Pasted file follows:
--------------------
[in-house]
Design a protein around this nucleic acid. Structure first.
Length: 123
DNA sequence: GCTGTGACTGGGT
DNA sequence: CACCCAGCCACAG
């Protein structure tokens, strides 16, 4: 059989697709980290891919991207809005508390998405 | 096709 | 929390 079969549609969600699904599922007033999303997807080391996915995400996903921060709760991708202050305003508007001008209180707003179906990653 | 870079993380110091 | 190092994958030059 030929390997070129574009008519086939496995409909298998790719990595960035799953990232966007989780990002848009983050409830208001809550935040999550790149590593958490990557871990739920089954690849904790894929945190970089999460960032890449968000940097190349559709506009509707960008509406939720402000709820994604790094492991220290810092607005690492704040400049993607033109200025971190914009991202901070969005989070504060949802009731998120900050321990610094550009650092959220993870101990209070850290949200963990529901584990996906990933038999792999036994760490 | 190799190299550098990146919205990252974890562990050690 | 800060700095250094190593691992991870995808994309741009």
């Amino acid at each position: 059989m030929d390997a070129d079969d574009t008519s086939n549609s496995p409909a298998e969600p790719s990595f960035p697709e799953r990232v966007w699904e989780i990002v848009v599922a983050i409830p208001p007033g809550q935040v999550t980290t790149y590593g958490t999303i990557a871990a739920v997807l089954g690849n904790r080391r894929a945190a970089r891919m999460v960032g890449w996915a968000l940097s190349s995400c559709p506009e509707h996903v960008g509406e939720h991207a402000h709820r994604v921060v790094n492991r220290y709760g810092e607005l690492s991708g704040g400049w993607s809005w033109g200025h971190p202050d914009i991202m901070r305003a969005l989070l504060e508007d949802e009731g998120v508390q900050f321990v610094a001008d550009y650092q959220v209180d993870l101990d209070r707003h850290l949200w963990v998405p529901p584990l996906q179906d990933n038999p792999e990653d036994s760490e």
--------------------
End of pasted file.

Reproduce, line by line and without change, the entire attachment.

[in-house]
Design a protein around this nucleic acid. Structure first.
Length: 123
DNA sequence: GCTGTGACTGGGT
DNA sequence: CACCCAGCCACAG
């Protein structure tokens, strides 16, 4: 059989697709980290891919991207809005508390998405 | 096709 | 929390 079969549609969600699904599922007033999303997807080391996915995400996903921060709760991708202050305003508007001008209180707003179906990653 | 870079993380110091 | 190092994958030059 030929390997070129574009008519086939496995409909298998790719990595960035799953990232966007989780990002848009983050409830208001809550935040999550790149590593958490990557871990739920089954690849904790894929945190970089999460960032890449968000940097190349559709506009509707960008509406939720402000709820994604790094492991220290810092607005690492704040400049993607033109200025971190914009991202901070969005989070504060949802009731998120900050321990610094550009650092959220993870101990209070850290949200963990529901584990996906990933038999792999036994760490 | 190799190299550098990146919205990252974890562990050690 | 800060700095250094190593691992991870995808994309741009």
């Amino acid at each position: 059989m030929d390997a070129d079969d574009t008519s086939n549609s496995p409909a298998e969600p790719s990595f960035p697709e799953r990232v966007w699904e989780i990002v848009v599922a983050i409830p208001p007033g809550q935040v999550t980290t790149y590593g958490t999303i990557a871990a739920v997807l089954g690849n904790r080391r894929a945190a970089r891919m999460v960032g890449w996915a968000l940097s190349s995400c559709p506009e509707h996903v960008g509406e939720h991207a402000h709820r994604v921060v790094n492991r220290y709760g810092e607005l690492s991708g704040g400049w993607s809005w033109g200025h971190p202050d914009i991202m901070r305003a969005l989070l504060e508007d949802e009731g998120v508390q900050f321990v610094a001008d550009y650092q959220v209180d993870l101990d209070r707003h850290l949200w963990v998405p529901p584990l996906q179906d990933n038999p792999e990653d036994s760490e």